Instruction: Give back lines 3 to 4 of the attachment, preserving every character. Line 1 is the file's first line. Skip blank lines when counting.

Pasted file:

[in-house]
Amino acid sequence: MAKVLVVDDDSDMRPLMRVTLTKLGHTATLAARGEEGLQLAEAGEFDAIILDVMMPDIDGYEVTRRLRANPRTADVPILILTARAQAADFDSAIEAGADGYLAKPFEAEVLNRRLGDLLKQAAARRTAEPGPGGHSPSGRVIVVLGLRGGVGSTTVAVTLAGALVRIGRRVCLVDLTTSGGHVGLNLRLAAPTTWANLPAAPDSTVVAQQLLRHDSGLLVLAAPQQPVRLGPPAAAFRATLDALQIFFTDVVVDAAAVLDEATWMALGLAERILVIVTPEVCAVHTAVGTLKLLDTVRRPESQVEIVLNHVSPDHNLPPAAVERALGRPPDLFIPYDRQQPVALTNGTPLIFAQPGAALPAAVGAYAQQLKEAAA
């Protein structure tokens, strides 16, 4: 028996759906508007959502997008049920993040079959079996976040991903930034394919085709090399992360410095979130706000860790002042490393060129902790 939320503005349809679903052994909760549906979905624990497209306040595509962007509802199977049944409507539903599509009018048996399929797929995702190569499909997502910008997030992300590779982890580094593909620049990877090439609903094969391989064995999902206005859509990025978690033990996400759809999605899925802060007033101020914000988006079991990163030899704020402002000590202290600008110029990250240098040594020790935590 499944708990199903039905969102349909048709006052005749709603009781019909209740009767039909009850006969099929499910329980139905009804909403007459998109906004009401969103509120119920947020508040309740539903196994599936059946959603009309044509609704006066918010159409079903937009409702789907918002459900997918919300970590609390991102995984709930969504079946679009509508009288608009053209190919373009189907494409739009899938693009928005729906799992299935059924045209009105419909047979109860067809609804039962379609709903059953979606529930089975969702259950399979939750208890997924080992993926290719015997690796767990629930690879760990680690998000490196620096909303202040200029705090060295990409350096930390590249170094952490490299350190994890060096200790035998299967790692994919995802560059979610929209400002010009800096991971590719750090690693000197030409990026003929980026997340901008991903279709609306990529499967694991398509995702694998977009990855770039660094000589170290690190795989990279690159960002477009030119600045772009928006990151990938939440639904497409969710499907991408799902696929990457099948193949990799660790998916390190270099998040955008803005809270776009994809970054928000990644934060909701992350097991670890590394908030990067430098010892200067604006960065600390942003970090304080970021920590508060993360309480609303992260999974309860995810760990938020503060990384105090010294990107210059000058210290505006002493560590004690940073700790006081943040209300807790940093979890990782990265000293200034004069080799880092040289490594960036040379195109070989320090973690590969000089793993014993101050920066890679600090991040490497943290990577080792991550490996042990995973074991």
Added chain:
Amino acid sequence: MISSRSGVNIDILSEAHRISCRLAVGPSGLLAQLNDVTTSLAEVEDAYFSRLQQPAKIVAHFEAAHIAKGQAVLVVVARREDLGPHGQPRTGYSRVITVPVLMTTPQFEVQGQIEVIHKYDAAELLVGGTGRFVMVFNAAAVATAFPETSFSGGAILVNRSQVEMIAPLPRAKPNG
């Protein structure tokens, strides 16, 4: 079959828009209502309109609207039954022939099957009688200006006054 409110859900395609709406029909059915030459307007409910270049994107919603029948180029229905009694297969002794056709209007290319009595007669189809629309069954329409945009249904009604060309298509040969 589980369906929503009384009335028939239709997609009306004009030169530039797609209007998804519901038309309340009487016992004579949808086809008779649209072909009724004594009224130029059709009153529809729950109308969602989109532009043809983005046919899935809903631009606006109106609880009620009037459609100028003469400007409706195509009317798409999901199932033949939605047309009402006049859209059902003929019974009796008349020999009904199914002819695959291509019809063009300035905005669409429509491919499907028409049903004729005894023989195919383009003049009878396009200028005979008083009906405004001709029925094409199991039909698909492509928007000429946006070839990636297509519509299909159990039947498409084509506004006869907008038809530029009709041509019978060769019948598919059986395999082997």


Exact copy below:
């Protein structure tokens, strides 16, 4: 028996759906508007959502997008049920993040079959079996976040991903930034394919085709090399992360410095979130706000860790002042490393060129902790 939320503005349809679903052994909760549906979905624990497209306040595509962007509802199977049944409507539903599509009018048996399929797929995702190569499909997502910008997030992300590779982890580094593909620049990877090439609903094969391989064995999902206005859509990025978690033990996400759809999605899925802060007033101020914000988006079991990163030899704020402002000590202290600008110029990250240098040594020790935590 499944708990199903039905969102349909048709006052005749709603009781019909209740009767039909009850006969099929499910329980139905009804909403007459998109906004009401969103509120119920947020508040309740539903196994599936059946959603009309044509609704006066918010159409079903937009409702789907918002459900997918919300970590609390991102995984709930969504079946679009509508009288608009053209190919373009189907494409739009899938693009928005729906799992299935059924045209009105419909047979109860067809609804039962379609709903059953979606529930089975969702259950399979939750208890997924080992993926290719015997690796767990629930690879760990680690998000490196620096909303202040200029705090060295990409350096930390590249170094952490490299350190994890060096200790035998299967790692994919995802560059979610929209400002010009800096991971590719750090690693000197030409990026003929980026997340901008991903279709609306990529499967694991398509995702694998977009990855770039660094000589170290690190795989990279690159960002477009030119600045772009928006990151990938939440639904497409969710499907991408799902696929990457099948193949990799660790998916390190270099998040955008803005809270776009994809970054928000990644934060909701992350097991670890590394908030990067430098010892200067604006960065600390942003970090304080970021920590508060993360309480609303992260999974309860995810760990938020503060990384105090010294990107210059000058210290505006002493560590004690940073700790006081943040209300807790940093979890990782990265000293200034004069080799880092040289490594960036040379195109070989320090973690590969000089793993014993101050920066890679600090991040490497943290990577080792991550490996042990995973074991």
Added chain: